Does Avian Influenza cause disease in wild birds?
Most wild birds infected with avian influenza virus do not show signs of disease. However, the 2022 strain does cause disease in some wildlife species including swans, gulls, geese, grebes, pelicans, raptors, vultures, cranes, and some species of ducks. In these birds, typical symptoms include swimming in circles, moving slowly, incoordination (may appear drunk), and head tilt or inability to lift the head. Most affected birds are seen on the ground, but occasionally sick birds may be seen flying low and alone. Game bird species such as turkeys, grouse, and quail may also be susceptible to HPAI.
What to do if you find sick or dead birds?
If you find three or more dead wild birds in a specific area within a two week period OR if you see live birds showing clinical signs of disease, please contact your local Colorado Parks and Wildlife office. Please be aware that CPW will not be able to respond to all calls and is focusing responses based on surveillance and management priorities.
As a general guideline, members of the public should avoid handling sick or dead birds. If you do need to dispose of an individual or limited number of bird carcasses on your private property, wear a mask, eye protection (such as sunglasses), and gloves to pick up the carcass. Carcasses should be immediately double bagged and placed in municipal trash. Discard gloves and mask and wash your hands immediately afterwards.
How does CPW conduct HPAI surveillance?
CPW is currently focusing surveillance by species, county and season. Once HPAI has been confirmed in a certain species and county, we will not test additional birds of that species within that county until the next season. We still appreciate reports of sick and dying birds to help inform us of the extent of an event, but we do not need to test every sick or dead bird.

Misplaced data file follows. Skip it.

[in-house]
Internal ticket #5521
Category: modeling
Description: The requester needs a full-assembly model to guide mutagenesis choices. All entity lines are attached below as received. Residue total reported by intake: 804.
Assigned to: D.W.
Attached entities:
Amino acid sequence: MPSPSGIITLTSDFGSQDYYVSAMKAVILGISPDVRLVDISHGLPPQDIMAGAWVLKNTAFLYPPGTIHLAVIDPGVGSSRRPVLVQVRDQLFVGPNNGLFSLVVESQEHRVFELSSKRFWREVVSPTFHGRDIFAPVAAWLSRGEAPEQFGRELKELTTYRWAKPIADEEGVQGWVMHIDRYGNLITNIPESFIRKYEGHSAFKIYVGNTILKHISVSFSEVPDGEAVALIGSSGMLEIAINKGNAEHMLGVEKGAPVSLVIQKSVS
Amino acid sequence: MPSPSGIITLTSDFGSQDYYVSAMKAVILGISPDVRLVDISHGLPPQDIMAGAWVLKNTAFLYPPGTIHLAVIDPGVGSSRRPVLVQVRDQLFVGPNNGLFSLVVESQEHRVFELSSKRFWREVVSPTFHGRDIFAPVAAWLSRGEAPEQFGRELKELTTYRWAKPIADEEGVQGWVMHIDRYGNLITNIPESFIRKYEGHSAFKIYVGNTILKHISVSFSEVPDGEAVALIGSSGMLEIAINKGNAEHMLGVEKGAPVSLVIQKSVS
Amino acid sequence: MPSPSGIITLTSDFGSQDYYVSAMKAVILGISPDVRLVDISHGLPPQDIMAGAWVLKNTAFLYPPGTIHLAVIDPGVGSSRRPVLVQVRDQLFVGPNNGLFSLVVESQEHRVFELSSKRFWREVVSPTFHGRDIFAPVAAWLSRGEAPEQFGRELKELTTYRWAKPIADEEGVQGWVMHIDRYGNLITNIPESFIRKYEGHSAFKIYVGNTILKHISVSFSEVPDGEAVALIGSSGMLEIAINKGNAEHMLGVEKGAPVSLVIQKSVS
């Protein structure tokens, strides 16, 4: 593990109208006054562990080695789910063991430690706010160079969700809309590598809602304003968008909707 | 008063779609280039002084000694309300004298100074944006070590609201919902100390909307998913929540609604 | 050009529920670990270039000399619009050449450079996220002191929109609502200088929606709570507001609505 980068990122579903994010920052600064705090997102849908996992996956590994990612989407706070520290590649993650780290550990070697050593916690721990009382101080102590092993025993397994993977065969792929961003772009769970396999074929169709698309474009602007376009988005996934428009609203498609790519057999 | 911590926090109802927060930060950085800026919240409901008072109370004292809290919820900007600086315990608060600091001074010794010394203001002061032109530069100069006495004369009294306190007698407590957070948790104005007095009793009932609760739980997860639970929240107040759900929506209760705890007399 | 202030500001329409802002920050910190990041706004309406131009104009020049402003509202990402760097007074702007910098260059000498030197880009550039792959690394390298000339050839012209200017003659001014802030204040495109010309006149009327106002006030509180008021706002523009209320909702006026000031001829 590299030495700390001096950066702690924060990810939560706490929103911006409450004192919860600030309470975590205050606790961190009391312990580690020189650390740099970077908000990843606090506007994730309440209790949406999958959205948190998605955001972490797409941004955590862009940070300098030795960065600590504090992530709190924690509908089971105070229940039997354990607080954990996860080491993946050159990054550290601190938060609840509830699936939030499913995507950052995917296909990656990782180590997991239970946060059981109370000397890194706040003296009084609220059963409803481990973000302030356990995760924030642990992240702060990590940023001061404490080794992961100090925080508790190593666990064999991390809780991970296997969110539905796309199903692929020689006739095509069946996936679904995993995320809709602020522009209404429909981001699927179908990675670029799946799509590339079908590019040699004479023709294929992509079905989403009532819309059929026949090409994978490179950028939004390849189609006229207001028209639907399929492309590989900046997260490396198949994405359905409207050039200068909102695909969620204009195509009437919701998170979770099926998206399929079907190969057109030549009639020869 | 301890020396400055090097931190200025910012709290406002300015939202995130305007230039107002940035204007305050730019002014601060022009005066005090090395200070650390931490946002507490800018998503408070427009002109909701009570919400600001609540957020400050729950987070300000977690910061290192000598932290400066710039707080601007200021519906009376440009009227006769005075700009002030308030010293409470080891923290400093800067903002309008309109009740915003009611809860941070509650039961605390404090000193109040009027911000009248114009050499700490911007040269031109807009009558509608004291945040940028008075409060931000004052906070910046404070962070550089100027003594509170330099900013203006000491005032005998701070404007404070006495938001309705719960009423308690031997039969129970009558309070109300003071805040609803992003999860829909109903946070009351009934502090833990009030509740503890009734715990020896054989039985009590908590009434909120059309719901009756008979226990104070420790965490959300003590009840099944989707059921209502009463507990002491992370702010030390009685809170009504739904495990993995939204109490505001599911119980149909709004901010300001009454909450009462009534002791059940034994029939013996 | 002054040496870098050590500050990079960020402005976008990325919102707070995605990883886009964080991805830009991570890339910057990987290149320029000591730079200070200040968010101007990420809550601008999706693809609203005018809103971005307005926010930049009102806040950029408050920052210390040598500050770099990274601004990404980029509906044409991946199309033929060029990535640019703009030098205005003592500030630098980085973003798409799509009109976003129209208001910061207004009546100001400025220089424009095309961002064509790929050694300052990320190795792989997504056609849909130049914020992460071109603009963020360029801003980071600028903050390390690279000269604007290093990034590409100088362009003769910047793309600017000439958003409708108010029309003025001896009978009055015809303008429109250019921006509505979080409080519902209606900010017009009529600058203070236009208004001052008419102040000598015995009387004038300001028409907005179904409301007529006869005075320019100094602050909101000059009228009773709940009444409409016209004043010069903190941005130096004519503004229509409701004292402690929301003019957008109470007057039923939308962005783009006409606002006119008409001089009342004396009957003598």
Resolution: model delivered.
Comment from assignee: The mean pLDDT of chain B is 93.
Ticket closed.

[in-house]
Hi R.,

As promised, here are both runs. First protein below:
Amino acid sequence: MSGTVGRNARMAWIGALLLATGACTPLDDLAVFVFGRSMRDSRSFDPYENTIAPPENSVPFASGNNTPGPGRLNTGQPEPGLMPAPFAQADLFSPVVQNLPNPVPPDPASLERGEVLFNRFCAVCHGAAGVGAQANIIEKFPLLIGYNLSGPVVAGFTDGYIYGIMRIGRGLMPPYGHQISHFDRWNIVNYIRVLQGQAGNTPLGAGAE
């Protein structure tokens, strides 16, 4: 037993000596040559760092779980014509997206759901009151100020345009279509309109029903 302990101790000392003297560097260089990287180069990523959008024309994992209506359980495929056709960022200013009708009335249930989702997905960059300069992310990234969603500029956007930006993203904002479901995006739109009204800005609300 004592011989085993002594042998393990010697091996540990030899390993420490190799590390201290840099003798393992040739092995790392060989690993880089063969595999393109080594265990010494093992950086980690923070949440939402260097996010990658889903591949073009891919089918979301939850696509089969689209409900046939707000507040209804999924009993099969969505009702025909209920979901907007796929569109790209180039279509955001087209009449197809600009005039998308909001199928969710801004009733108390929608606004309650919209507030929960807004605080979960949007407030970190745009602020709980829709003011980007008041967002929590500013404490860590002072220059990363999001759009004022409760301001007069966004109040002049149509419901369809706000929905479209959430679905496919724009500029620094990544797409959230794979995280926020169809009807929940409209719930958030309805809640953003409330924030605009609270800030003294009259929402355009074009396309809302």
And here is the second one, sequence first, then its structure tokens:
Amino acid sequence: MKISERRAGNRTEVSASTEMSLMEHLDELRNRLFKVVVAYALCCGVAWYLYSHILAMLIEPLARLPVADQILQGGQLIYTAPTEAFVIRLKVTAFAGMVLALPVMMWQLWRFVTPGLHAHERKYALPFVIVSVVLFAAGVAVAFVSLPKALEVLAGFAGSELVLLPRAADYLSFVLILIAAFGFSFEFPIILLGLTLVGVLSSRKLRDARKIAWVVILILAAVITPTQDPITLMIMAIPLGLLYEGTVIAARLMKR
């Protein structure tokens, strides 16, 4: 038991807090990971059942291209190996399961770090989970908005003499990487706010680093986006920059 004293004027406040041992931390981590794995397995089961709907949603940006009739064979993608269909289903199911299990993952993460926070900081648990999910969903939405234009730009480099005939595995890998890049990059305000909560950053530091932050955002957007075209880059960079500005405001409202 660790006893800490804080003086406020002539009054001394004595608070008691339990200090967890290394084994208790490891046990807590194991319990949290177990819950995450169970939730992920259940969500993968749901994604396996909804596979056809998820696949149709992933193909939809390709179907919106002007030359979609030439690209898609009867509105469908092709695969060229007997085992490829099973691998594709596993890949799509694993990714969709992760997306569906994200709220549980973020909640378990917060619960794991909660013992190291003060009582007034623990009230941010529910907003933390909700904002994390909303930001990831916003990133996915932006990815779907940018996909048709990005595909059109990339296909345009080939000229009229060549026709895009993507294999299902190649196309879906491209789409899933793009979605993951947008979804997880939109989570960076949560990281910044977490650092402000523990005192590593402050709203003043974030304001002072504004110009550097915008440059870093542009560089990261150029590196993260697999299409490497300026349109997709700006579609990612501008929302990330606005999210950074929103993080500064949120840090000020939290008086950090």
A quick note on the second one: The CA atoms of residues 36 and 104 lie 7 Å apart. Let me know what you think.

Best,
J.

How are birds tested for HPAI?
Sick or dead birds that are identified for surveillance may be tested in two ways. CPW personnel may collect swabs from the bird or collect the entire carcass. Whole carcasses are necropsied by the CPW wildlife pathologist to determine cause of death, record additional information about the bird, and collect additional samples for testing. Any HPAI samples are then submitted to the Colorado State University Veterinary Diagnostic Laboratory. Positive HPAI results are confirmed by the USDA National Veterinary Services Laboratories.
Can birds with HPAI be rehabilitated?
Rehabilitation of wild birds with this strain of HPAI is challenging and most birds that become sick will die. Members of the public are welcome to contact a wildlife rehabilitator to determine whether a bird is a candidate for rehabilitation. Do not attempt to pick up or handle sick birds. If a rehabilitator is able to take a bird, they will work with you to arrange safe pick up and transport of the bird.
Can I still hunt waterfowl during this outbreak?
Healthy flying waterfowl are unlikely to pose a significant risk to hunters. To date, there are no reports of people becoming infected with this strain of avian influenza directly from wild birds. Hunters are advised to avoid harvesting birds that appear sick. Most birds that are sick with HPAI will be on the ground; however, in some cases, sick snow geese may be seen flying very low and alone. Below are some basic precautions that hunters should always take when handling and consuming wild game:
- Do not handle or eat wildlife found sick or dead.
- Do not eat, drink, smoke, or put anything in your mouth while cleaning or handling game.
- Wear rubber or latex gloves when handling and cleaning game.
- Wash hands thoroughly and disinfect knives, equipment, and surfaces that come into contact with game.